My vet hadn’t called so I tried three others and finally connected with one. After listening to the whole story he recommended penicillin, specifying the dose, where to administer the shot, how often to give it to her, and what to do if there was no improvement.

I called Dane to tell him the pups and I wouldn’t be picking him up for our dog obedience class, then phoned my neighbors to see if they had any penicillin. I also messaged my vet friend on Facebook, telling her about the heat lamp, the blankets, and the wind block. She replied, “That’s not good enough. If you can’t get her into the house, you’ll need to get blankets under her.”

Under her? I groaned as I headed back outside. I urged Louisa to stand up but she grunted in protest. Her massive body was shivering so hard her blanket was moving back and forth on her. I draped myself over her to help her warm up, lying with my cheek on hers, my chest against her side. I apologized to Jessica, who needed to head home to Milwaukee soon.

Jessica went up to the house to shower and pack. Lying on top of Louisa, I drifted off and woke over an hour later, my feet numb from the cold. I got up to head back towards the house and met Jessica on her way down, just as Dane pulled into the driveway.

I told Dane that we needed to put Louisa on top of the blankets but that I couldn’t get her to budge. I led the way back to the goat palace where Louisa still lay shivering. Dane knelt and removed the blankets, then huffed and puffed as he tried to push her to one side. Finally he grabbed her and pulled her to a standing position as I scrunched the blankets into the spot where she’d been lying.

Louisa’s loud protests turned to indignation! The nerve of us, pushing and pulling and trying to maneuver her large, lardy body while she wasn’t feeling well. She stood and grunted, stomped her hooves, pushed past us, and waddled down the ramp, out into the pen. She was already munching on hay when my neighbors arrived with the penicillin. We stood and watched in amazement. Wasn’t this the pig that needed medicine ASAP?

Thrilled at Louisa’s recovery, my neighbors went home, Jessica left for Milwaukee, and Dane and I stayed to keep an eye on the her.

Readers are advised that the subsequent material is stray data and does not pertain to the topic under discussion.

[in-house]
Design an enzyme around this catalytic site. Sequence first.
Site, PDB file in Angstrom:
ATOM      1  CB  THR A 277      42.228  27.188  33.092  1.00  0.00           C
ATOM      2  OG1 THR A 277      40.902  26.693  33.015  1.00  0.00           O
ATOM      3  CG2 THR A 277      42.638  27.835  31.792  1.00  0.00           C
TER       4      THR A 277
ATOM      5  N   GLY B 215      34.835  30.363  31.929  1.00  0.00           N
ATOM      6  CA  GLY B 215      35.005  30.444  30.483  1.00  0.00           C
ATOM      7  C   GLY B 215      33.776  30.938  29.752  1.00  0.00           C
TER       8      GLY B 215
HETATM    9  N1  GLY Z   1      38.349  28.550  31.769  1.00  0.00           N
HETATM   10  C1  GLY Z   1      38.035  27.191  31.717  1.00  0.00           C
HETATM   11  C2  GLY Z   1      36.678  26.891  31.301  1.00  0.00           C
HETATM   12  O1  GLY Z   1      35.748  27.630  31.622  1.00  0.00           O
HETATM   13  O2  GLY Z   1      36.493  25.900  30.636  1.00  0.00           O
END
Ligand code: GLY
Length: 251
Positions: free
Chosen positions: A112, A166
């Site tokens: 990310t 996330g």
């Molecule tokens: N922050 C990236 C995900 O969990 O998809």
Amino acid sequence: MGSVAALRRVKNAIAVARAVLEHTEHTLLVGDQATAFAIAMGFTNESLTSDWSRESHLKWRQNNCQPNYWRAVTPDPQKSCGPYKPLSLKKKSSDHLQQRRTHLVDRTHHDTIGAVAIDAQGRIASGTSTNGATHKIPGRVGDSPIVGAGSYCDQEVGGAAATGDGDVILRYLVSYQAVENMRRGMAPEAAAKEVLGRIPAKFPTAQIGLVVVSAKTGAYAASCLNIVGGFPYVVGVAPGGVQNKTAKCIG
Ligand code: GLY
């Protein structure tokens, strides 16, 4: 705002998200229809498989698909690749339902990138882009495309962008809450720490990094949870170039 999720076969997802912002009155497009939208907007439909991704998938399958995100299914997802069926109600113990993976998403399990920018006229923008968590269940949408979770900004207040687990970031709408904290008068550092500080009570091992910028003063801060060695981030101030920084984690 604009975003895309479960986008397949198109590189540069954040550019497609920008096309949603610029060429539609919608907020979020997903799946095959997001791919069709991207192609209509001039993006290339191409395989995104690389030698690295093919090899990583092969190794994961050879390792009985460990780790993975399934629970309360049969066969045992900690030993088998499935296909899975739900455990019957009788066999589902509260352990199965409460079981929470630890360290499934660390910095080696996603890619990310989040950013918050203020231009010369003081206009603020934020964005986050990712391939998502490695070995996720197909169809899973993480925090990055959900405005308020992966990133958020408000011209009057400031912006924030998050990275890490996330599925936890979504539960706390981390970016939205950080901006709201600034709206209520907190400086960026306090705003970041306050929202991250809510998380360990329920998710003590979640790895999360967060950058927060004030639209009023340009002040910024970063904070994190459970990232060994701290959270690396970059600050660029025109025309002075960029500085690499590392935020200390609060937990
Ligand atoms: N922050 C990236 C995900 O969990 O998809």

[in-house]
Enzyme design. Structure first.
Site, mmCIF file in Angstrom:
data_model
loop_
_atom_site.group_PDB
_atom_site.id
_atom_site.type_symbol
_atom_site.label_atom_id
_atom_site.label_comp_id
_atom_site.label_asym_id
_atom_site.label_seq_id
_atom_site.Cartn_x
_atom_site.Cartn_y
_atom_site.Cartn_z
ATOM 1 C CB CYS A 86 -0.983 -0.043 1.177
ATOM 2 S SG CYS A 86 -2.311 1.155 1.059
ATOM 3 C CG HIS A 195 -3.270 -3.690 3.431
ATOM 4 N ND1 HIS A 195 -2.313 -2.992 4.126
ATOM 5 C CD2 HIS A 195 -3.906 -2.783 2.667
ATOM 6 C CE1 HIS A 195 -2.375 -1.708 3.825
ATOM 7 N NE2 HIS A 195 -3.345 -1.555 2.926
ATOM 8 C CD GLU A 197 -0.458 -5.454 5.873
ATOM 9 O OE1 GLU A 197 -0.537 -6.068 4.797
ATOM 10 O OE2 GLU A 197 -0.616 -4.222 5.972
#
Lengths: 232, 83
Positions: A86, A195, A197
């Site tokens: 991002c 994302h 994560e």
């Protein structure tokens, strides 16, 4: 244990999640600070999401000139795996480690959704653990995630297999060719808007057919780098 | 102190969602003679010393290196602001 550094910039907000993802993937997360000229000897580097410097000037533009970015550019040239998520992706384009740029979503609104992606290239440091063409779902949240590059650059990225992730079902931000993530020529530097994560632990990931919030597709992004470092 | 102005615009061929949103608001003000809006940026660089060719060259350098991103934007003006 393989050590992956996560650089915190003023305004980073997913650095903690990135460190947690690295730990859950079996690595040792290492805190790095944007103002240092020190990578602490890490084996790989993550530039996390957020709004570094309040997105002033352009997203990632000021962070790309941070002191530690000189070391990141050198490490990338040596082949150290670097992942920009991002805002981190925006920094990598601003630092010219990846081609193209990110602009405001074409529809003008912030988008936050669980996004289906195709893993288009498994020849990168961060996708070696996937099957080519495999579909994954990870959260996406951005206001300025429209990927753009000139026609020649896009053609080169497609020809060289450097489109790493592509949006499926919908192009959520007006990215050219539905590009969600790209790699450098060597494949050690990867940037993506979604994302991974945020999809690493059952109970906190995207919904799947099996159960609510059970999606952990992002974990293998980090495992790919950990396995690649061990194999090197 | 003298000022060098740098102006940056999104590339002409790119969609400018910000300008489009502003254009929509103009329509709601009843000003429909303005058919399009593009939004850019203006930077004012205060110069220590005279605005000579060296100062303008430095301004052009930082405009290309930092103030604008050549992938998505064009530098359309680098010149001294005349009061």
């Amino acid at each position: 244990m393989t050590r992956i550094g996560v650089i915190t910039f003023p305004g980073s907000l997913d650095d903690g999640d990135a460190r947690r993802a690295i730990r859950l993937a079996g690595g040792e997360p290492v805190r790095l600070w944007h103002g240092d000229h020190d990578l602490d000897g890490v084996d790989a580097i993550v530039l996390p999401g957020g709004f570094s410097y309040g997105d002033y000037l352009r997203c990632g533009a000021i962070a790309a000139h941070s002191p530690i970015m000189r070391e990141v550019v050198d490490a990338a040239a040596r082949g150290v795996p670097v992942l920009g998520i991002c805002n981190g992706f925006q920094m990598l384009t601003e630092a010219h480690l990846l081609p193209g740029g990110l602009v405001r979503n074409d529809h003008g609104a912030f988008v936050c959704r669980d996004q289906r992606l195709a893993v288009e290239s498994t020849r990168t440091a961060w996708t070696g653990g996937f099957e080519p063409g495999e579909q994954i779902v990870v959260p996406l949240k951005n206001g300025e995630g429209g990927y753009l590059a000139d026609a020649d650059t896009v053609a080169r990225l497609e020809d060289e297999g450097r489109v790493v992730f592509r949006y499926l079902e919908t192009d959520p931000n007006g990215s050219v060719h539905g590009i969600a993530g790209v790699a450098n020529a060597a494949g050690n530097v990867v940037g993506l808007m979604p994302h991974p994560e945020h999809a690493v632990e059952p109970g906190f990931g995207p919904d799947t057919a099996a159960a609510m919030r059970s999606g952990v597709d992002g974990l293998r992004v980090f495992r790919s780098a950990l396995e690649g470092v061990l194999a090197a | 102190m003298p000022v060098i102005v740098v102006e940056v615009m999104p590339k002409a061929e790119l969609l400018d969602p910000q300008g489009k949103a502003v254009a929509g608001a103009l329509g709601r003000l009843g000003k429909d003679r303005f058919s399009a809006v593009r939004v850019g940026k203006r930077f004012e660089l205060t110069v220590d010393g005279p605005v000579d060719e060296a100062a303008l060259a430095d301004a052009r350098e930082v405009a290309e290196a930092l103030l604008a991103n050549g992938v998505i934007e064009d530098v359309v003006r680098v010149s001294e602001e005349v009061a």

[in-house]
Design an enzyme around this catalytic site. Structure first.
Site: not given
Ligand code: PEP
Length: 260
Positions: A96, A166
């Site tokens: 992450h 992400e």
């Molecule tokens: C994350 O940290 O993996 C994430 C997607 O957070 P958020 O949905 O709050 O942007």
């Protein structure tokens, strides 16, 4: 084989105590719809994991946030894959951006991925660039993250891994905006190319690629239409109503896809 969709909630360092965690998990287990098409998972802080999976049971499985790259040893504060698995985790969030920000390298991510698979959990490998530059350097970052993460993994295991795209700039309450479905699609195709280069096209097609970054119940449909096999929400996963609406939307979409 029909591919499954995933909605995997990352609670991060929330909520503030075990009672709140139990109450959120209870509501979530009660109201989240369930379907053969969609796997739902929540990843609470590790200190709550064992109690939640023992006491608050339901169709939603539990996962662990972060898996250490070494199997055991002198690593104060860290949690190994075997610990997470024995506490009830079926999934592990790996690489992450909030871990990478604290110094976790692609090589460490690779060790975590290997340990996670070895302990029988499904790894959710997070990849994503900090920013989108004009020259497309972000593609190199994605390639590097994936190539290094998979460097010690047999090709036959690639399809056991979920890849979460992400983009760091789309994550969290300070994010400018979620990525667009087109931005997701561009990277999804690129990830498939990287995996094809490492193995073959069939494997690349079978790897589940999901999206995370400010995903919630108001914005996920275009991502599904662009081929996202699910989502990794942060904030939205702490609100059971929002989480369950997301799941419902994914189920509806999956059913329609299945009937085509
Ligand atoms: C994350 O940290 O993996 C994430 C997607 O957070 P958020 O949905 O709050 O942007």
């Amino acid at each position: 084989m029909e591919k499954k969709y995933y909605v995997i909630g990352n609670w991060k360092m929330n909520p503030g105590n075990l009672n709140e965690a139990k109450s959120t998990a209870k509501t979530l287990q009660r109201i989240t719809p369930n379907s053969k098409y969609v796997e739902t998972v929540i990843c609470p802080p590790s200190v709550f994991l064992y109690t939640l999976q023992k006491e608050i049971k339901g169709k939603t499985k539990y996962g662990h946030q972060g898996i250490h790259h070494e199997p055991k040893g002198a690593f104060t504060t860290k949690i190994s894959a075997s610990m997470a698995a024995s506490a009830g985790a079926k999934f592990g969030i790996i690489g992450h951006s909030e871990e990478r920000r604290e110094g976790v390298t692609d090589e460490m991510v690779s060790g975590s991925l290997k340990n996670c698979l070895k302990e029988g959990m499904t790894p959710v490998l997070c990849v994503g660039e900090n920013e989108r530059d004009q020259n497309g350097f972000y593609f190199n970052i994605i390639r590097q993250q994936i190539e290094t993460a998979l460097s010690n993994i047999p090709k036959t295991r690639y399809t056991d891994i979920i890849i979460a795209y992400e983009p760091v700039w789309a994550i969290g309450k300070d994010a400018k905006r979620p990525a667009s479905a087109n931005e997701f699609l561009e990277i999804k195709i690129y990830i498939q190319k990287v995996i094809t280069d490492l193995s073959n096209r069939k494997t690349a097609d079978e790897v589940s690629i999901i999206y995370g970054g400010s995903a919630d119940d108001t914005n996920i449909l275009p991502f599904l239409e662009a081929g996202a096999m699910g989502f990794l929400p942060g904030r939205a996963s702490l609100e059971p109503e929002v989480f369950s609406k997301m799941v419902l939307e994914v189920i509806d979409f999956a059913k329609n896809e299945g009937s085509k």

Later that evening, when Louisa and the goats were tucked into the goat palace with extra straw and the door securely closed, my vet called. I related the whole scene, start to finish, and her best guess was that Louisa had gotten wet and chilled in our recent unseasonable rain. When Dane was pushing and pulling her, she got mad and warmed right up!

Jessica never got the photo she wanted, but we’re glad Louisa is alive and will be here for next year’s mother-daughter weekend. Hopefully it won’t end as stressfully as this year’s did!

Originally Published February 22nd, 2018 in the Crawford County Independent & Kickapoo Scout

Adventures in Obedience

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From Jane's World

My two dogs run, leap, and chase each other through the snow as Dane and I labor to keep up. It’s a gorgeous, sunshine-filled winter day. I’ve been telling my pups about the obedience classes they’ll be taking for the next six weeks. I’ve read that if you tell your animals in advance what they’ll be doing and what’s expected of them, they’ll experience less anxiety.

“You’re going to learn new tricks, you’ll get tons of treats, and you’ll make lots of new friends!” Téte’s sideways glance oozes skepticism—been there, done that, not fun—but Finn, who has never attended an obedience class, looks interested. His little head cocks to one side, and his eyes widen at the mention of treats. Later that day the fun begins.

Lesson 1: I’m standing in a large gymnasium behind Téte, a jet-black mixed-breed dog with shiny fur and a brown Zorro mask. She’s stretched her leash to its limit, pulling my arm straight out from my shoulder socket to gain a few extra inches. My white-knuckled hand clenches the handle.

Téte is gazing across the room at Finnegan, who is also straining at his leash, held in check by Dane, whose arm is stretched as taut as mine. The two dogs reach toward each other like long-lost lovers, Téte’s large chocolate eyes looking almost teary.

Around the gym, dogs of all breeds sit calmly, eyes fixed on their owners, who appear to be holding their leashes loosely, arms relaxed by their sides.

Téte pulls harder and lets out something between a long, low howl and a deep, dark whine. Sinking to her haunches, she starts to crawl across the hard gymnasium floor like a woman dying of thirst toward a river. Her strength jerks me forward and my body lurches in a Frankenstein stride behind her.